Skip to main navigation Skip to main content

Game of Thrones and laws of war: Season 8, Episode 1

Who committed war crimes in the first episode? We continue our niche (and let’s face it, kind of bizarre) analysis.

We had an amazing response to our Game of Thrones and International Humanitarian Law analysis last week. It’s been shared all across the world by GoT fans including military lawyers, humanitarian aid workers, students, journalists, academics and more – from the Central African Republic to Mexico, Belgium to the Philippines, Australia, China and the UK.

Who knew such a huge collection of people were passionate about both the Iron Throne and the laws of war?

With the eighth and final season upon us, we are committed to continuing to provide the world with our (incredibly niche and, let’s face it, kind of bizarre) analysis.

Armed with popcorn, a copy of the Geneva Conventions and their spreadsheets, our IHL nerds sat down after hours (yes, it’s after hours on a voluntary basis; no, if you donate to Red Cross your money does not go towards this – obviously) to analyse the first episode.

So, without further ado, let’s get into it!

Violations

The Night King killed Lord Umber, and while the killing itself is probably lawful (even though Lord Umber is a child, he is also Commander of the army of his House and therefore likely a combatant), turning him into a wight (slavery), and pinning him to a wall (torture, cruel or inhuman treatment) are definitely not lawful acts.

The seriously gross artwork of human limbs on the wall around Lord Umber also constitutes the war crime of pillage (yes, the mutilation of dead bodies constitutes pillage). This zombie arts-and-crafts display also constitutes the war crime of ‘committing outrages upon personal dignity’ that also applies to the deceased. Full points for TV gore and creativity (and jump-scare: did anyone else scream when that kid opened his eyes and started wielding his knife, or was that just us?), bottom of the class for respecting the laws of war.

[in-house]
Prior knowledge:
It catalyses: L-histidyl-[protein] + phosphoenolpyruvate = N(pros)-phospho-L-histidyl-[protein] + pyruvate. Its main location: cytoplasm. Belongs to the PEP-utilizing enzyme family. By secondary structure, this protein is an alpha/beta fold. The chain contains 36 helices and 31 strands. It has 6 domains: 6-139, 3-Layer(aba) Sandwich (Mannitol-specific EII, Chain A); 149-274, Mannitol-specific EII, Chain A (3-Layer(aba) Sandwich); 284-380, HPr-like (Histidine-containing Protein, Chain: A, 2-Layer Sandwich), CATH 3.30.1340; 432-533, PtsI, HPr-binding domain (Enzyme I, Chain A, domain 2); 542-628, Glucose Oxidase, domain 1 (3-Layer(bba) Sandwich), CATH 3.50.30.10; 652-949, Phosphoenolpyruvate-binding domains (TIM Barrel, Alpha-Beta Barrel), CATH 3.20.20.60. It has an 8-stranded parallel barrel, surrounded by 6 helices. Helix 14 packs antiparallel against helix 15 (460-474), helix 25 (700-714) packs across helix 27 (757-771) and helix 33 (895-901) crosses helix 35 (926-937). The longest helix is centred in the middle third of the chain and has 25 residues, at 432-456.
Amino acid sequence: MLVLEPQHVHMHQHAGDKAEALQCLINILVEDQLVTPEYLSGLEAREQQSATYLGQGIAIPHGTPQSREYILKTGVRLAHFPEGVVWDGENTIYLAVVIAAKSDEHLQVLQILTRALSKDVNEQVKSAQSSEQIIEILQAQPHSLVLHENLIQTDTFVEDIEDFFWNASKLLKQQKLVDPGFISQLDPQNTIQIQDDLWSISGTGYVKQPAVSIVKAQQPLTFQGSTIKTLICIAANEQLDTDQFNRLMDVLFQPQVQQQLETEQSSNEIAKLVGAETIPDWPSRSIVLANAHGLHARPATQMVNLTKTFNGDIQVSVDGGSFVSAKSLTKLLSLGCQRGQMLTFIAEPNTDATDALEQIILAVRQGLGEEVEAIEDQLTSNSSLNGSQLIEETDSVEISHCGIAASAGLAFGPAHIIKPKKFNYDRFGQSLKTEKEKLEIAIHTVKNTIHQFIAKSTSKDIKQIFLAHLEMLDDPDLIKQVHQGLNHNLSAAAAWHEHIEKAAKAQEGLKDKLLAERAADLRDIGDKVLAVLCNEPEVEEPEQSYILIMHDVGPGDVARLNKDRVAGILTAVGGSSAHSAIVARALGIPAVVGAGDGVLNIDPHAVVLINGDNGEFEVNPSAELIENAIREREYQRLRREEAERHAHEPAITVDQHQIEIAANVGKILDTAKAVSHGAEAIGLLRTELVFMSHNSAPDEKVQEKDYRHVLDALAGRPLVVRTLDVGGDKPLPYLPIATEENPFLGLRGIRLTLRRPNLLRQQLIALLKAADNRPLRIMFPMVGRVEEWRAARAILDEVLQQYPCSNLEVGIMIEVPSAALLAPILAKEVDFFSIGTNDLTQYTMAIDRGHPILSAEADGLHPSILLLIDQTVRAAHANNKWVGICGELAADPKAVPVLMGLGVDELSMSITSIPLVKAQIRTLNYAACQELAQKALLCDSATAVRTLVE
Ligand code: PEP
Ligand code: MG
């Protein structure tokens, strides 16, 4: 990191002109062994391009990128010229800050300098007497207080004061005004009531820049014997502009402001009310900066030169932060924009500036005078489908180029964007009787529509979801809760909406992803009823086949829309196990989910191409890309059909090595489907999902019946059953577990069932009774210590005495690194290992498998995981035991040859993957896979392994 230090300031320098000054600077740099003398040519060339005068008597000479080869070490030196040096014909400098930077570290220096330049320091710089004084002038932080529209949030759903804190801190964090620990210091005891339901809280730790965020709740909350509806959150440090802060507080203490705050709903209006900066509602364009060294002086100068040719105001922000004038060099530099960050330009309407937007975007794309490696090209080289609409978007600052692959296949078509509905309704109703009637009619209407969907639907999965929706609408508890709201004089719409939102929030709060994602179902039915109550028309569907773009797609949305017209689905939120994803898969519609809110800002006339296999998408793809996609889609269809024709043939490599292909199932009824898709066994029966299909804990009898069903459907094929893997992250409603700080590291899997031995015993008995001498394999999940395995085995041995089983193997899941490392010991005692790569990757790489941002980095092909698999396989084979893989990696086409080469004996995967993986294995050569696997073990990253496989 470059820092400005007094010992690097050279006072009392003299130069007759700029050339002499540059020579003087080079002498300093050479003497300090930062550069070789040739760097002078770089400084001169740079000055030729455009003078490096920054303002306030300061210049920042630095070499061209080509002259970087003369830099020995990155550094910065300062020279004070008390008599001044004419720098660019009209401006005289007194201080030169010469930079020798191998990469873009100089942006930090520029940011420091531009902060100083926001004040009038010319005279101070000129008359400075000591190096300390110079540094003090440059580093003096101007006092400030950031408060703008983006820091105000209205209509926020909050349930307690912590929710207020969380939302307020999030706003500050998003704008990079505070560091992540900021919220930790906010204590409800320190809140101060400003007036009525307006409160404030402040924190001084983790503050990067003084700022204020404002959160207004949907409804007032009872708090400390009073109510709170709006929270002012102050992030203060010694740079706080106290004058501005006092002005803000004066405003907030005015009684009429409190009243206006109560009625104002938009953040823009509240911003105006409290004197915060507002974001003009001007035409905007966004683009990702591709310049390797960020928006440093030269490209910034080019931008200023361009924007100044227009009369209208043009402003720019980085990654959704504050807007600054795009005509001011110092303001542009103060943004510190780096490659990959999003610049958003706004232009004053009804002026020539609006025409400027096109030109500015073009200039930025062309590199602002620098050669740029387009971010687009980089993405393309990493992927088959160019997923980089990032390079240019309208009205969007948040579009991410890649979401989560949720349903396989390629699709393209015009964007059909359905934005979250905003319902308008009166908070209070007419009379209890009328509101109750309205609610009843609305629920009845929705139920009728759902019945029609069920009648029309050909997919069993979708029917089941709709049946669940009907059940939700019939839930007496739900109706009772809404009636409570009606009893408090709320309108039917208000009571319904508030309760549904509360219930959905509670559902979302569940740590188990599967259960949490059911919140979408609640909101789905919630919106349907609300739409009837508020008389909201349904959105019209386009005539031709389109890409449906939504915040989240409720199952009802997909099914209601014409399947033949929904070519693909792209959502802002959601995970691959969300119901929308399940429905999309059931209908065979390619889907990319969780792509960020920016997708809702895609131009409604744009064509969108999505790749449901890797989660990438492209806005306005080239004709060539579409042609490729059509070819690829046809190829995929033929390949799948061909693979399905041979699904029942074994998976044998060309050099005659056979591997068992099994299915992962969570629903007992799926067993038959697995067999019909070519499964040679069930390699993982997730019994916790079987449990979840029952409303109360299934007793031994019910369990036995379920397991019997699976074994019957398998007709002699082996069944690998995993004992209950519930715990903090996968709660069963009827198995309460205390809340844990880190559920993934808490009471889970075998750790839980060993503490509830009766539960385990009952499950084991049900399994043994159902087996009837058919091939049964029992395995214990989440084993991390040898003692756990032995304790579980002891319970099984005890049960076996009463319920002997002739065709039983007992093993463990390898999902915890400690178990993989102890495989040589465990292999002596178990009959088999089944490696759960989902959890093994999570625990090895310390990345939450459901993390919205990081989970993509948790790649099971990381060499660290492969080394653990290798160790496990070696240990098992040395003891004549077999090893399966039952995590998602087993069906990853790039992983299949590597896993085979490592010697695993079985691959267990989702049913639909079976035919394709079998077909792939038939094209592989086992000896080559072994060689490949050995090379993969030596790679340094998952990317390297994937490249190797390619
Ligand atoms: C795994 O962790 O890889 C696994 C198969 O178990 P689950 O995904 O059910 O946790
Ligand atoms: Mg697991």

Compliance

This episode’s stand-out (read: only) example of compliance with the laws of war is Theon Greyjoy. While rescuing his sister Yara he only targeted people directly participating in the conflict and undertook the rescue in a way that complied with the laws of war. His actions were not disproportionate and the weapons he selected were used in a targeted and precise way that did not cause unnecessary suffering. Yara giving him an impressive king-hit isn’t laws of war related but rates a mention because, frankly, he totally deserved to get his butt (or in this case, head) kicked in by his sister for deserting her at the end of last season.

Best & Worst on ground:

Theon Greyjoy (BOG) and Night King (WOG).

Things to watch out for

Even though they may look and act like the armed forces of House Lannister, the Golden Company are ‘sell swords’ and in it for the gold (the Lannisters always pay their debts after all). As mercenaries, the Golden Company are not lawful participants in combat and can be tried under domestic law for their involvement in the conflict. They can be targeted by the Army of the North (or even the Night King) while they are participating in conflict, but they are still entitled to protection by IHL, including from torture and inhumane treatment (ie. we don’t want to see them turned into decorative wall-murals aka Lord Umber) you feel us?

Pause for thought

There are many reasons why armed forces should comply with the laws of war –preserving some basic common humanity being chief amongst them. But, there are also practical advantages to upholding these laws. For example, demonstrating respect for IHL may make it easier for a party to a conflict to gain acceptance from the civilian population and for a society to create lasting peace once the war is over.

One need only remember the heart-breaking response from fan-favourite Samwell Tarley when he was told by Daenerys that she intentionally dragon-torched his father and brother when they refused to ‘bend the knee’ (totally illegal and one of her 15 documented war crimes). It will be interesting to see this play out during the rest of the season. Click here if you’re curious to know more about how detainees and Prisoners of War should and are treated in current conflicts all around the world.

So, do you agree with our analysis? Disagree? Don’t care because you’re too focused on poor old Jon Snow realising he’s gone and fallen in love with his Auntie? Get involved in the #GoTIHL discussion with us!

Once again, thank you to the awesome team of volunteers who have supported this project – you will be finding out more about each of them in the coming weeks!

Want to check back on our original stats? View our Season 1–7 analysis on the worst war criminals in Westeros here.

This week’s analysis brought to you by Hollie Johnston.